Through a series of practical activities, students experience and explore different types of physical activity promoted in their own and different population groups. They gain an appreciation of the level of physical activity required for health benefits. Students investigate how participation in physical activity varies across the lifespan. They explore a range of factors that influence and facilitate participation in regular physical activity.

They collect data to determine perceived enablers of and barriers to physical activity and the ways in which opportunities for participation in physical activity can be extended in various communities, social, cultural and environmental contexts. Students investigate individual and population-based consequences of physical inactivity and sedentary behaviour. They then create and participate in an activity plan that meets the physical activity and sedentary behaviour guidelines relevant to the particular population group being studied.

Students apply various methods to assess physical activity and sedentary behaviour levels at the individual and population level, and analyse the data in relation to physical activity and sedentary behaviour guidelines. Students study and apply the social-ecological model and/or the Youth Physical Activity Promotion Model to critique a range of individual- and settings-based strategies that are effective in promoting participation in some form of regular physical activity.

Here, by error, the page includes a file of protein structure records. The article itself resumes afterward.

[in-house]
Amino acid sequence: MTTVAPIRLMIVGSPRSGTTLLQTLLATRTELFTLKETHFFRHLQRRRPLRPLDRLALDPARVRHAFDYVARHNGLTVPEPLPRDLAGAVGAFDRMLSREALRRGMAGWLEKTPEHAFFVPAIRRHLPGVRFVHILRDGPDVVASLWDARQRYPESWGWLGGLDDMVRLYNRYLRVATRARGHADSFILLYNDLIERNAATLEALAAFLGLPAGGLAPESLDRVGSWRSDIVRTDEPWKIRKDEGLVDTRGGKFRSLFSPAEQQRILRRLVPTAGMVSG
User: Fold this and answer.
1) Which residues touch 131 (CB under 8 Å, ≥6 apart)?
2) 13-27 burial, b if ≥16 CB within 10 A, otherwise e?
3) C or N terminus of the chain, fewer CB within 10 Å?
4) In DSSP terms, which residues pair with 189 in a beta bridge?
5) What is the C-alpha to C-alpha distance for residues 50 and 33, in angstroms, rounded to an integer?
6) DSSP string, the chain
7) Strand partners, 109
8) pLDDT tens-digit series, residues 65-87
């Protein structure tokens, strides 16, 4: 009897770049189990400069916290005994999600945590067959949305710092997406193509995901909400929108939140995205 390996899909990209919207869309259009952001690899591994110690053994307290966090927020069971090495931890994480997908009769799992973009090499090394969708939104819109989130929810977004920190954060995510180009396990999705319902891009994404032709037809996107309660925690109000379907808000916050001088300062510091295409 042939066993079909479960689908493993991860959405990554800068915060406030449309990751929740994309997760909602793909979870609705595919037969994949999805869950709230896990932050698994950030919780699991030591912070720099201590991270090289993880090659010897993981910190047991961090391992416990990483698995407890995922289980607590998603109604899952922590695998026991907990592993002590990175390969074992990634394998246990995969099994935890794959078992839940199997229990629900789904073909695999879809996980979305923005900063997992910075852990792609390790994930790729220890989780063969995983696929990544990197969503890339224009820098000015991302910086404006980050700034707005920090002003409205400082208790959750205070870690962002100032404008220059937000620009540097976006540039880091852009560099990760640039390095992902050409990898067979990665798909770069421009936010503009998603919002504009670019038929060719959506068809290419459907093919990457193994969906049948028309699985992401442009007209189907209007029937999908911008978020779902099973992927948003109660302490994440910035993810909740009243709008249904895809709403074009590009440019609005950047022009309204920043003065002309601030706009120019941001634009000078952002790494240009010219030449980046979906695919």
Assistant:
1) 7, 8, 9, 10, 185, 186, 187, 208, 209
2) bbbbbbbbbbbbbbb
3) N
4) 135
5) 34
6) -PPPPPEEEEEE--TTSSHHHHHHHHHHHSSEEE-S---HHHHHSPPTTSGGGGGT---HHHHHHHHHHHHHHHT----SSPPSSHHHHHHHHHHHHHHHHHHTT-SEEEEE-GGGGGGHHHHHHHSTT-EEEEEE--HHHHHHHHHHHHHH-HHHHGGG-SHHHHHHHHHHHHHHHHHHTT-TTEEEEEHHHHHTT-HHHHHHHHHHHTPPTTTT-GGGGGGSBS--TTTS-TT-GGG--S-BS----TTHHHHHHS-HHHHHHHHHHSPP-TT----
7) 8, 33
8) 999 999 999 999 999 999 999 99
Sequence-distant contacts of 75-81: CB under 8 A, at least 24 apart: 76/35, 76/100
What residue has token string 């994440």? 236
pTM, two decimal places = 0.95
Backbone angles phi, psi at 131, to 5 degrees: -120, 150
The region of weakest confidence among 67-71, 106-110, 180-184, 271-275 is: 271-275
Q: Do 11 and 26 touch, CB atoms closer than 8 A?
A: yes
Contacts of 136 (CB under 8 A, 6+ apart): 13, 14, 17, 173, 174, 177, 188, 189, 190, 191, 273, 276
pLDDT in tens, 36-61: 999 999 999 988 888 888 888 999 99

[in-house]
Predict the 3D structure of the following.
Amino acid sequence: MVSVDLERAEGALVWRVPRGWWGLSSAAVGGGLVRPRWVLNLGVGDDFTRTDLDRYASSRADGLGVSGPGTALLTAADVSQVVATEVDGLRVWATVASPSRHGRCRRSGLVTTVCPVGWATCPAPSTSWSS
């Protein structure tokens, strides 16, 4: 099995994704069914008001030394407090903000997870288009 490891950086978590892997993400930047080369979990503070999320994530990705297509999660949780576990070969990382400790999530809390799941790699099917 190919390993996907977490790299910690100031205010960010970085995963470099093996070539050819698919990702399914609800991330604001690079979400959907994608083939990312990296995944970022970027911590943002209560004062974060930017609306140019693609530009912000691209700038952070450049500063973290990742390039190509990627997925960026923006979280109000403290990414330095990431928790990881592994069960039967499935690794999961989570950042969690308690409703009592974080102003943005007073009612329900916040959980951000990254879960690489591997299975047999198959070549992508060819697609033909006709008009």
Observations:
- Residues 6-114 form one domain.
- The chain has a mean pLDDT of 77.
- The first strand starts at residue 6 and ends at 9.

• Area of Study 1 – What are the relationships between physical activity, sport, health and society?
  • Area of Study 2 – What are the contemporary issues associated with physical activity and sport?

Unit Three – Movement skills and energy for physical activity

This unit introduces students to the biomechanical and skill acquisition principles used to analyse human movement skills and energy production from a physiological perspective. Students use a variety of tools and techniques to analyse movement skills and apply biomechanical and skill acquisition principles to improve and refine movement in physical activity, sport and exercise. They use practical activities to demonstrate how correct application of these principles can lead to improved performance in physical activity and sport.